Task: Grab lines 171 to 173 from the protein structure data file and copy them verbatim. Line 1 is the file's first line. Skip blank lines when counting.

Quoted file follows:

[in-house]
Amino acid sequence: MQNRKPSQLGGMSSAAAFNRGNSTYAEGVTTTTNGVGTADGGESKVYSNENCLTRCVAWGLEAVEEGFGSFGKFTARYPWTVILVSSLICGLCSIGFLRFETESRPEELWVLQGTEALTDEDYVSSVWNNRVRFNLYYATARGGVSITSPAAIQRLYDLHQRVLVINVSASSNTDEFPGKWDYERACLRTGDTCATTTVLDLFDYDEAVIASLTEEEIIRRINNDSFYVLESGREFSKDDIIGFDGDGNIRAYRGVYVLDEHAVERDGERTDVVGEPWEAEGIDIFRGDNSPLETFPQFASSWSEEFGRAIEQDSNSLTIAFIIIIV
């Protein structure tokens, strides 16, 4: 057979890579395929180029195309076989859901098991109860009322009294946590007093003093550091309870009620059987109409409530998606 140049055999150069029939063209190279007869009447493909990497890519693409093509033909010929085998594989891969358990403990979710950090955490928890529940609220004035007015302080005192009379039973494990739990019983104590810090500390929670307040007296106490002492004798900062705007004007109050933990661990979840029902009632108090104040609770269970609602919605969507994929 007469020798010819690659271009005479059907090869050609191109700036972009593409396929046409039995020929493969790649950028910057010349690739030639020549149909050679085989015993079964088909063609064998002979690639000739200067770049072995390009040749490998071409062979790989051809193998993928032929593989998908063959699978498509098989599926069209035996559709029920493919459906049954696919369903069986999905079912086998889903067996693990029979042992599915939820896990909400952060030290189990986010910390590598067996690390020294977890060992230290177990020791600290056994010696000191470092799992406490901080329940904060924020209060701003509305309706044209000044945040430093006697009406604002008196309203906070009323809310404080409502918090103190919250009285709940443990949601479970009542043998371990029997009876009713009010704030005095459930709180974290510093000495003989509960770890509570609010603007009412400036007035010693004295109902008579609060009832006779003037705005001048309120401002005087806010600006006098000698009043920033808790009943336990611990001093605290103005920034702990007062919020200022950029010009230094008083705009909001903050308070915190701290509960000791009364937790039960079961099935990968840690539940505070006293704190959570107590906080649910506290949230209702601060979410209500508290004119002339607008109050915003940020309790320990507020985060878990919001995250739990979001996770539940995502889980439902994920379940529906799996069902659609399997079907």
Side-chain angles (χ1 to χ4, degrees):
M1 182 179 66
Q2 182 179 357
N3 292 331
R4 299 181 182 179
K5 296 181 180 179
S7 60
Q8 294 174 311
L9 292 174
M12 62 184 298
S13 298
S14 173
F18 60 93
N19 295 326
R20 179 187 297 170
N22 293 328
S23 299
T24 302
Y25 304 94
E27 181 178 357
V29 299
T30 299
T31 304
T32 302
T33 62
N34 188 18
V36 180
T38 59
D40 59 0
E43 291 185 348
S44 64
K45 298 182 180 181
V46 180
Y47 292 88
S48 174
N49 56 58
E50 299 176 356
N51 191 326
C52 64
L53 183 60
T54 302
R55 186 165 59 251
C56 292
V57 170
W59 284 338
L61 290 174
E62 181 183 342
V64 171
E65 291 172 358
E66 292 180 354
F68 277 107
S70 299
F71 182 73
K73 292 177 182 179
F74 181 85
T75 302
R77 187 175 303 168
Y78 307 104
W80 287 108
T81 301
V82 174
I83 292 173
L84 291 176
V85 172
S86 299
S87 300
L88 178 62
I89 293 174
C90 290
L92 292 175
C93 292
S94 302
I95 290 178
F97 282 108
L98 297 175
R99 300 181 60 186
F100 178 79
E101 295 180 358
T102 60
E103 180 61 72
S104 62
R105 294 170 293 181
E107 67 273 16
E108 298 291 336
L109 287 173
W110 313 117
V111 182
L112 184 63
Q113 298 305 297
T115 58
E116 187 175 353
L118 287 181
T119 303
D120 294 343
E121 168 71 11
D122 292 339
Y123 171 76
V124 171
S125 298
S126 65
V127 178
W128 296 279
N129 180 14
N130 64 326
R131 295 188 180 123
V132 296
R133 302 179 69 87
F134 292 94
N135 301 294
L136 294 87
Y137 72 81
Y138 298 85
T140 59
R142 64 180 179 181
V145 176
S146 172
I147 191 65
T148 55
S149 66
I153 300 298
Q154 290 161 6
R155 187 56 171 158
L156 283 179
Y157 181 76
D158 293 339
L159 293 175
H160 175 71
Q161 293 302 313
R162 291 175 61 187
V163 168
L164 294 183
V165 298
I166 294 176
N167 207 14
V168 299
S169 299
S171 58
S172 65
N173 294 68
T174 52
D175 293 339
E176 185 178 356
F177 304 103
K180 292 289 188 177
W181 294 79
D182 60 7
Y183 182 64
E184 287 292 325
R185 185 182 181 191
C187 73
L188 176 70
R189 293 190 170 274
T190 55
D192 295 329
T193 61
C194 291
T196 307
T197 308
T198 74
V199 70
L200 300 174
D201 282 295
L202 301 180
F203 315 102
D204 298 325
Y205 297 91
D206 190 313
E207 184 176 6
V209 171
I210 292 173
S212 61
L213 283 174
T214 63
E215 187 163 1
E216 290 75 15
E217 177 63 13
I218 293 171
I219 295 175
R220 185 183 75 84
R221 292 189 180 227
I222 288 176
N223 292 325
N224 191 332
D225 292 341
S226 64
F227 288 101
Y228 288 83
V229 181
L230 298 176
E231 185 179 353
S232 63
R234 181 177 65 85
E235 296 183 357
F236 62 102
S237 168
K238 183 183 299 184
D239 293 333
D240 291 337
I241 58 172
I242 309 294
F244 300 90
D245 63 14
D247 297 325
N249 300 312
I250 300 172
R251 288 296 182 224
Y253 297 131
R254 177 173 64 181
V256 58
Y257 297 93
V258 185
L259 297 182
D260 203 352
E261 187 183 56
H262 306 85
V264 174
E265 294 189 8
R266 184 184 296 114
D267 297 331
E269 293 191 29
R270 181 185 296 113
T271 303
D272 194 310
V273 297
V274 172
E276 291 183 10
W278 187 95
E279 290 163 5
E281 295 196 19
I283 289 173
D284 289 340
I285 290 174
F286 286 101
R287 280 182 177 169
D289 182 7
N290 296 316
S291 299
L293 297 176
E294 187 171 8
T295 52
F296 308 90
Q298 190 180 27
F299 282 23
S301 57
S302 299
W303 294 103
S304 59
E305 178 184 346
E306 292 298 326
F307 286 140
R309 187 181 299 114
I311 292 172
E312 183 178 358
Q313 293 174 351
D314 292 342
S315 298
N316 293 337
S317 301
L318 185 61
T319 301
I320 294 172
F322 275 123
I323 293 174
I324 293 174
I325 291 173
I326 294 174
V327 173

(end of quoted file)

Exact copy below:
E207 184 176 6
V209 171
I210 292 173